Monday, October 19, 2015

The Communion of Saints, My Mother Irene, Our Mother Mary

Oblates of Mary Immaculate chapel at the National Shrine. Photo by Bob Garrow from My Year of Faith.
At the closing of the church year, we celebrate All Saints November 1, All Souls November 2, Christ the King the last Sunday, this year November 22. Jesus makes us people saints, His friends. He makes us a communion of saints of heaven and purgatory and earth, His family of friends. He makes us His city, His kingdom during time and eternity, the city, the kingdom of His Father by His Breath, us brothers and sisters people and angels with earth and universe, our family with our home and duration.

At the end of our life and history, of our graced yes or sinful no to Him and His way for us, if we end as His friends and not as His enemies, Jesus will raise our bodies gloriously and halo us. Prior to this, He will vision and mansion us, He will dowry us. We will be His family of friends made through His passion and resurrection and ours with and like and through Him.

We look forward to meeting the saints, especially friends and family members. January 5, 1939, my mother Irene was killed on Highway 66 near Amarillo, Texas, in the panhandle, more precisely near Pampa. In the front seat were my father driving; myself, age 9, in the middle because carsick; and my mother. This was before seat belts. At the impact of the sideswipe collision with another car, she and I were thrown out of our car. She lay silent, blood streaming from her mouth, either dying or dead, me nearby unable to move because of injury. This was the last time she was ever in my vision. Because of my injury and long stay in the local hospital, it was not possible for me to participate in her burial from our home parish, Sacred Heart, Rock Island, Illinois. After that, some wonderful women helped me grow up and mature: Aunt Annie Nelson (she called herself a shirttail relation); Ethel my father's second wife and a friend of my mother from their time working together at a lumber company; Sr. Lucy BVM (Luciola then, a young woman from Chicago and our choir teacher). Most of all, Mary Mother of Jesus and of us each and all.

The Catholic teaching of Jesus about the communion of saints was a huge blessing for me dealing with my longing to be close to her, a longing even to this day at age 86. A few years ago, there was a movie that touched me deeply, "I Am David." It is the true story of a boy and a mother separated after escape from a Slavic communist nation and drawn together years later in Stockholm. At their airport encounter, he said, "I am David." My hope is to meet my mother in heaven and identify myself, "I am Don." She can tell me her story and song, and she can hear mine. May all we brothers and sisters together and singly rejoice in the hope that Jesus gives us during our time for our eternity.

In second year of college at an OMI minor seminary, we had a course on writing. From then, at age 20, this is my portrait of my mother, even now my memory of her:

Mother and her middle child early on
My mother was a loving and a lovable person. She loved people, play, life, and God. She was loved by everyone who knew her. 
Since her father worked in a foundry, her childhood was spent in the poorer section of town, yet she was happy and her large, brown eyes and mischievous smile radiated her happiness to others. The old maids of the neighborhood vied with one another in treating her to a piece of candy.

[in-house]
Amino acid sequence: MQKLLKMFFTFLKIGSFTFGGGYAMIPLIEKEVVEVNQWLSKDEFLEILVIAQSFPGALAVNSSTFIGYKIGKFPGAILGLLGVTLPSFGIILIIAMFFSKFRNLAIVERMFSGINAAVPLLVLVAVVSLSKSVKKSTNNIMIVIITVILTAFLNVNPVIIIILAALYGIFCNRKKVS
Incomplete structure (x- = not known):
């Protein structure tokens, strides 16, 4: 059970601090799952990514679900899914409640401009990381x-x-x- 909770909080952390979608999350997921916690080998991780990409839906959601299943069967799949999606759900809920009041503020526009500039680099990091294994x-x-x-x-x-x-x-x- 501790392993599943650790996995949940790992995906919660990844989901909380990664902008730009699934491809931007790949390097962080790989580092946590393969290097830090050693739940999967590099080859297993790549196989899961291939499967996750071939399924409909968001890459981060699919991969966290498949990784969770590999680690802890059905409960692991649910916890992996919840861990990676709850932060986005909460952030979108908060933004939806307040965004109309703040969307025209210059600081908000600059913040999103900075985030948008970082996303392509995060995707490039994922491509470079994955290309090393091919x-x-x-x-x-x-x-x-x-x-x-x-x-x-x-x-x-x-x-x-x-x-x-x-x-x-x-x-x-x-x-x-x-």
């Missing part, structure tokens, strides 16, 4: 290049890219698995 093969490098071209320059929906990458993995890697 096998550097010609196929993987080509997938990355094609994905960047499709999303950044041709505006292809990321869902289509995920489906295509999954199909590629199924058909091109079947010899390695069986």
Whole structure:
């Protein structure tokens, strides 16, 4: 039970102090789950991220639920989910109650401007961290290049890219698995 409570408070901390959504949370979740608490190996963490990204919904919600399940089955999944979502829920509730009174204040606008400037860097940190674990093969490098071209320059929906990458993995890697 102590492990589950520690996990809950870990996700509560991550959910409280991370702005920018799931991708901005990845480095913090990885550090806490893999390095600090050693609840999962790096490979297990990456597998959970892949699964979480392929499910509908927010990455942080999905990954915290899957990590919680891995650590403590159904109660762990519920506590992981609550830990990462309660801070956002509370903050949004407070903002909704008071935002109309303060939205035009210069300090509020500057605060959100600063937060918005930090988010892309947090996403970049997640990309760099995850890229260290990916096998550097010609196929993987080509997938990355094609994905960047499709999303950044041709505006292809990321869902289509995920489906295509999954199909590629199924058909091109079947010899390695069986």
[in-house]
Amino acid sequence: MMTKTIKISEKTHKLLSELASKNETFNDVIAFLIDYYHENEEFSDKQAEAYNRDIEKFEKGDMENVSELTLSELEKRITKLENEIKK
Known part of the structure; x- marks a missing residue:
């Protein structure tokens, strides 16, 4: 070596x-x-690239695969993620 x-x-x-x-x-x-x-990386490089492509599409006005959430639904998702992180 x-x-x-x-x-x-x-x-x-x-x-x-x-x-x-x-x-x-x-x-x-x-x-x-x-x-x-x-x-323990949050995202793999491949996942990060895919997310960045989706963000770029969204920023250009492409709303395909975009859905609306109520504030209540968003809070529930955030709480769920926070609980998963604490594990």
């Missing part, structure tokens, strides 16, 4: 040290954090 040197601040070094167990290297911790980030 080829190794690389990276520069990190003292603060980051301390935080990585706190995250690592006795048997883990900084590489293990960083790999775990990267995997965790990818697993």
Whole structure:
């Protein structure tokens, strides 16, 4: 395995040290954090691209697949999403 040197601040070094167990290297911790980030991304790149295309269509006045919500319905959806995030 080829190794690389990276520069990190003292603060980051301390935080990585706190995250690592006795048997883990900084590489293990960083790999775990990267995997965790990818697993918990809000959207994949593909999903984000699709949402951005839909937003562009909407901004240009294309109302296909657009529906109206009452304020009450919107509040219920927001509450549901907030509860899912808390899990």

She liked to play, whether it was with dolls or a baseball. Perhaps her fondness for play accounts for her low grades in school, since her mentality was of good caliber. She spent many an hour on the Sisters' platform for laughing or inattention. 
After graduating from high school and a brief business course, my mother worked in the main office of a lumber company. She was a favorite among the girls of the office. Her good nature was irresistible. The girls dubbed her "soft heart" because she was a shoulder to the unhappy and to the unpopular girls. However, in front of men, she was bashful and shy. When my dad, an employee of the same company, asked her for a date, my mother was swept off her feet. Her answer was yes; a year later, she was answering, "I do."  
Since my dad was earning a fair salary, they were soon able to buy a house of their own. In due time they peopled the house with three children. My mother was an ordinary housewife. She enjoyed playing with us children and experimenting with new recipes and patterns. 
My dad bought her many things. Whether he gave her an iron or an ice cream cone, she always received it with a childlike joy that fills the giver with happiness. Yet she was conscious of her poor relatives, and had a magic way of helping them; they felt they were doing her a favor. 
Civil war divided our family, since my mother was a Cub fan and my dad a Sox fan. Her favorite player was Gabby Hartnett. One of the thrills of her life was seeing a Notre Dame/Northwestern football game, for she was an ardent Notre Dame radio fan and one of their most loyal unofficial alumnae. 
When nearing her middle thirties, my mother was critically afflicted with cancer. An operation failed to cure her. Although she suffered much, she never complained. Once while we were shopping, she suddenly had such pains in one arm that she could not even hold a small package with it and had to go home at once. However, God spared her a slow, painful death; He took her life in an automobile accident. 
My mother had loved God in her own simple way. She strove to obey the commandments and was a loyal member of the Church. The memory of my mother often cheers the hearts of her family and friends. We still share her love; we still love her.
My mother Irene helps me appreciate Mary wife of Joseph, our Mother.

Father Don

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